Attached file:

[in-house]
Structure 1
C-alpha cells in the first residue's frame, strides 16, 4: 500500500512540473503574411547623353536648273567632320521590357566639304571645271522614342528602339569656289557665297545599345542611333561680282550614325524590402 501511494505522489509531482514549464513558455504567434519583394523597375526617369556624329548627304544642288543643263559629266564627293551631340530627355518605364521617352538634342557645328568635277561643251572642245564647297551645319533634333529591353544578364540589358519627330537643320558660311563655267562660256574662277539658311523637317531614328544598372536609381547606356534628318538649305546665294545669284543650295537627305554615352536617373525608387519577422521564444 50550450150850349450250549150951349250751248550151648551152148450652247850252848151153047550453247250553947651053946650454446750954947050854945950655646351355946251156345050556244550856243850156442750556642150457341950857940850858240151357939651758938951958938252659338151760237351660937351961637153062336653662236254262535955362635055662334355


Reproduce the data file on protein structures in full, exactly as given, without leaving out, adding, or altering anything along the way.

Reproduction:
[in-house]
Structure 1
C-alpha cells in the first residue's frame, strides 16, 4: 500500500512540473503574411547623353536648273567632320521590357566639304571645271522614342528602339569656289557665297545599345542611333561680282550614325524590402 501511494505522489509531482514549464513558455504567434519583394523597375526617369556624329548627304544642288543643263559629266564627293551631340530627355518605364521617352538634342557645328568635277561643251572642245564647297551645319533634333529591353544578364540589358519627330537643320558660311563655267562660256574662277539658311523637317531614328544598372536609381547606356534628318538649305546665294545669284543650295537627305554615352536617373525608387519577422521564444 50550450150850349450250549150951349250751248550151648551152148450652247850252848151153047550453247250553947651053946650454446750954947050854945950655646351355946251156345050556244550856243850156442750556642150457341950857940850858240151357939651758938951958938252659338151760237351660937351961637153062336653662236254262535955362635055662334355